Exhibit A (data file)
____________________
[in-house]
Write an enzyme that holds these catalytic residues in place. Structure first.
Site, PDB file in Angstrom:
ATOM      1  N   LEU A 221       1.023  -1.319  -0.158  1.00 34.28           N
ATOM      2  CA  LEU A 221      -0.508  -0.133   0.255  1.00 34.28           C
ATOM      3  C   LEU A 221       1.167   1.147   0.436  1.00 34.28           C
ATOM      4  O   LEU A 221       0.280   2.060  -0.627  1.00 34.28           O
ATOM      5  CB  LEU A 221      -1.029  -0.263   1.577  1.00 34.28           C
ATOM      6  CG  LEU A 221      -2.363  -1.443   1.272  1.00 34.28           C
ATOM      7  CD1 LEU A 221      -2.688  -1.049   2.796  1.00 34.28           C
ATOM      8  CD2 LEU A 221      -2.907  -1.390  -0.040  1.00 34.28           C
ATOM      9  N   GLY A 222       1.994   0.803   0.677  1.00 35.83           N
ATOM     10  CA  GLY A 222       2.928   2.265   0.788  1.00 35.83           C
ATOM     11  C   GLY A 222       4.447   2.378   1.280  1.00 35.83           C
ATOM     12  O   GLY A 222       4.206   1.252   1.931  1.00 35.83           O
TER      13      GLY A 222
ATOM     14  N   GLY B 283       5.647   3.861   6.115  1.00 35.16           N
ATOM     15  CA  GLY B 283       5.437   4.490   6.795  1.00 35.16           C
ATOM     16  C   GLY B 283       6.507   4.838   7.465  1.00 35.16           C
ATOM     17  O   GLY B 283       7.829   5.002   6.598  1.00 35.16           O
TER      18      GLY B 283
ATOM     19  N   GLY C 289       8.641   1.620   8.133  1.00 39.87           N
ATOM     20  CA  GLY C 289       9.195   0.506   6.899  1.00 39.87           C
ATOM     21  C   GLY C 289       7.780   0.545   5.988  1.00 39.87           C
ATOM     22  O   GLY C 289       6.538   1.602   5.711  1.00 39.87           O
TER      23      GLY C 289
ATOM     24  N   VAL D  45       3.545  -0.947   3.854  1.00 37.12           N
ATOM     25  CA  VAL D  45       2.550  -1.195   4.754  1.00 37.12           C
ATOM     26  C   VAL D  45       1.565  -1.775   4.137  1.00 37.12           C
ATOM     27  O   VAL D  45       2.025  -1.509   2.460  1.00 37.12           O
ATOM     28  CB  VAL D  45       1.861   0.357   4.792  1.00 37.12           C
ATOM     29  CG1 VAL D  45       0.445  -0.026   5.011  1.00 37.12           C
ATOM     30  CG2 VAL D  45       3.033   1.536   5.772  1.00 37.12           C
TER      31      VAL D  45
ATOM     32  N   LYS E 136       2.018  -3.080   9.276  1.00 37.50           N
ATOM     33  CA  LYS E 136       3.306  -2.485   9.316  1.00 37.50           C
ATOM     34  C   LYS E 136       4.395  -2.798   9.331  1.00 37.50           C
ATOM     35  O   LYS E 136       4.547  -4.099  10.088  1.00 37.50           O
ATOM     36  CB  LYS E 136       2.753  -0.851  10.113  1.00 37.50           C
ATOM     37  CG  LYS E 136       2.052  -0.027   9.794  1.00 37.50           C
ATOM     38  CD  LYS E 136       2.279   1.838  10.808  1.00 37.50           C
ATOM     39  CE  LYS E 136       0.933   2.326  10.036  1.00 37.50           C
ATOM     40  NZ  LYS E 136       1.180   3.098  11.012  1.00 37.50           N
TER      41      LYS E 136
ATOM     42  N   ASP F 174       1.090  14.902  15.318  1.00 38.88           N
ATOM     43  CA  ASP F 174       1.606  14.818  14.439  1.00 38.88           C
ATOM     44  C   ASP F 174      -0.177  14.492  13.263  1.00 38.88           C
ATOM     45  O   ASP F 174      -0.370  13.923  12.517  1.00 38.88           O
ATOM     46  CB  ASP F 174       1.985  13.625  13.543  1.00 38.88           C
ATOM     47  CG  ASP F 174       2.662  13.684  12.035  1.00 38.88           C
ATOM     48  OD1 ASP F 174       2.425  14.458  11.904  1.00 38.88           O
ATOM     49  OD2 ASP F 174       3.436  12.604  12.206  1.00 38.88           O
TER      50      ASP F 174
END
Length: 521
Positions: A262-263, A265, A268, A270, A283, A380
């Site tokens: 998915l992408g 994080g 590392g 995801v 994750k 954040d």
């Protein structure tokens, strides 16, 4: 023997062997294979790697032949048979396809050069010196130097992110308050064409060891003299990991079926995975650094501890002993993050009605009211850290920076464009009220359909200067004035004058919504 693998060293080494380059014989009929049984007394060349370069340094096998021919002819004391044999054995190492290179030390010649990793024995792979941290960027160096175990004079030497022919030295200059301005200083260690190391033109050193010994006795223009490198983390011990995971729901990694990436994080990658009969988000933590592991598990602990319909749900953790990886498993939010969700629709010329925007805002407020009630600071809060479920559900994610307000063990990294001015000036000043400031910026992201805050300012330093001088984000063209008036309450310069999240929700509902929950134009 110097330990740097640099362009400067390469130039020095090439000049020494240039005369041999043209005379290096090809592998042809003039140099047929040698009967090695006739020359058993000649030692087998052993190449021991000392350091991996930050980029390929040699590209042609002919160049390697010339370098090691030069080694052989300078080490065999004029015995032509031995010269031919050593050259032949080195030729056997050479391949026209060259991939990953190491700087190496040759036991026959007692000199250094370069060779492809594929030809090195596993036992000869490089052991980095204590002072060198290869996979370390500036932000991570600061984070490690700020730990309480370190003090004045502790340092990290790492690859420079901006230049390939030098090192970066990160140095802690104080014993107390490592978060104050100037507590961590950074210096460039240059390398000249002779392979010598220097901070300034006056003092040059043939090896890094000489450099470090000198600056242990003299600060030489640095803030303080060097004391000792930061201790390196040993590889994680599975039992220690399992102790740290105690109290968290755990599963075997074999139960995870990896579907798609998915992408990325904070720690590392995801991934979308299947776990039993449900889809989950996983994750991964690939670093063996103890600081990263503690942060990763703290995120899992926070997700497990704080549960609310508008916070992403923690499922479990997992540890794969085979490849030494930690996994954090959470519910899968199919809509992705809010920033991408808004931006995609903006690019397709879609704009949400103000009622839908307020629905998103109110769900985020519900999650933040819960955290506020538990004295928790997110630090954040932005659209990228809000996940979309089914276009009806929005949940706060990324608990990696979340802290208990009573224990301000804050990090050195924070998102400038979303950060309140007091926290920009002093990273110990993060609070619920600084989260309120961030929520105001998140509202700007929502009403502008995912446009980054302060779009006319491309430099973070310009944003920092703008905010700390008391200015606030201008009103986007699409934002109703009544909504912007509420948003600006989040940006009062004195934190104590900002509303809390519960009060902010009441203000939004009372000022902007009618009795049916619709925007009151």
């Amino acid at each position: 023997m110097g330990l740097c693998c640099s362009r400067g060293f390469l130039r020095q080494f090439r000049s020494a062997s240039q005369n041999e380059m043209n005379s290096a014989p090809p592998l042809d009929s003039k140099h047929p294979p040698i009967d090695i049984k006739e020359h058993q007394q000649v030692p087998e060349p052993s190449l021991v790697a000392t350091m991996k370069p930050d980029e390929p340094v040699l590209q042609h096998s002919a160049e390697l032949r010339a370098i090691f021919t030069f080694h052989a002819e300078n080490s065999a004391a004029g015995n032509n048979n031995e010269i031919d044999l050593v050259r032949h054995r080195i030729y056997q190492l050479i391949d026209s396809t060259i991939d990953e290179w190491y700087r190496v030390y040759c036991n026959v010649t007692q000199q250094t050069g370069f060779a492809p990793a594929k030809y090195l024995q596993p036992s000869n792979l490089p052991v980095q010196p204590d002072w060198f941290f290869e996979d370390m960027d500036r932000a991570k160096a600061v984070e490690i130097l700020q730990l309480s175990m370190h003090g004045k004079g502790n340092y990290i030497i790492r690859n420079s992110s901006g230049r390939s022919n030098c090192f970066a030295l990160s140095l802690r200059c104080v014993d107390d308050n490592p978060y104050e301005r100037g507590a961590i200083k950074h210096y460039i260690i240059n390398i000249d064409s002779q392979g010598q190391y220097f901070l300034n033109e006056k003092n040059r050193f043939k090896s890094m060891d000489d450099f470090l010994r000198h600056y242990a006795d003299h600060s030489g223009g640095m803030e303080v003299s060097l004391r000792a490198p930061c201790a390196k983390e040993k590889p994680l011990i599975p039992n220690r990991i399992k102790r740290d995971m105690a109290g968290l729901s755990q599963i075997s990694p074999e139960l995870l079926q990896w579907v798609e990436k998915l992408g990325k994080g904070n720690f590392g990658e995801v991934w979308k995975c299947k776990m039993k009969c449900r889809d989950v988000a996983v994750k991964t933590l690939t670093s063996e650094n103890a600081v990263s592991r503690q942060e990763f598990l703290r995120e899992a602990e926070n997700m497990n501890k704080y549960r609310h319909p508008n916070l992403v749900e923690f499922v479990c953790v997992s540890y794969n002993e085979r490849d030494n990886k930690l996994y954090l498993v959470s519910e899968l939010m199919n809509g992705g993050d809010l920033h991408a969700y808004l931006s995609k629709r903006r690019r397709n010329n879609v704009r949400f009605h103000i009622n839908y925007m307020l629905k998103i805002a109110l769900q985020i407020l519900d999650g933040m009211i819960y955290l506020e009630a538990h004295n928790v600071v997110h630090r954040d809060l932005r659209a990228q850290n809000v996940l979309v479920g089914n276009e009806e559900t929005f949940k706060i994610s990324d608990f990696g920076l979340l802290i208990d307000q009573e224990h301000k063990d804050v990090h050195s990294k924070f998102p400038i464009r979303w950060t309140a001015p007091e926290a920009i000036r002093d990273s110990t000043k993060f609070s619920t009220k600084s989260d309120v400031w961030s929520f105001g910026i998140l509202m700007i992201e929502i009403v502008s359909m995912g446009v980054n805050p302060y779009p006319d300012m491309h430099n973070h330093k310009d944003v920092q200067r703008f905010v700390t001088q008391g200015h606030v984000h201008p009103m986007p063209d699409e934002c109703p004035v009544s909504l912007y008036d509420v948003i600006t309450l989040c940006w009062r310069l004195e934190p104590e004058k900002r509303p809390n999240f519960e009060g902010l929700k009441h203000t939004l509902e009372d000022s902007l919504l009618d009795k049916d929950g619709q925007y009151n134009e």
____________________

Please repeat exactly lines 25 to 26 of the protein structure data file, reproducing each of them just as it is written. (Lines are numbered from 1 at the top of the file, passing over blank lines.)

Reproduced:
ATOM     22  O   GLY C 289       6.538   1.602   5.711  1.00 39.87           O
TER      23      GLY C 289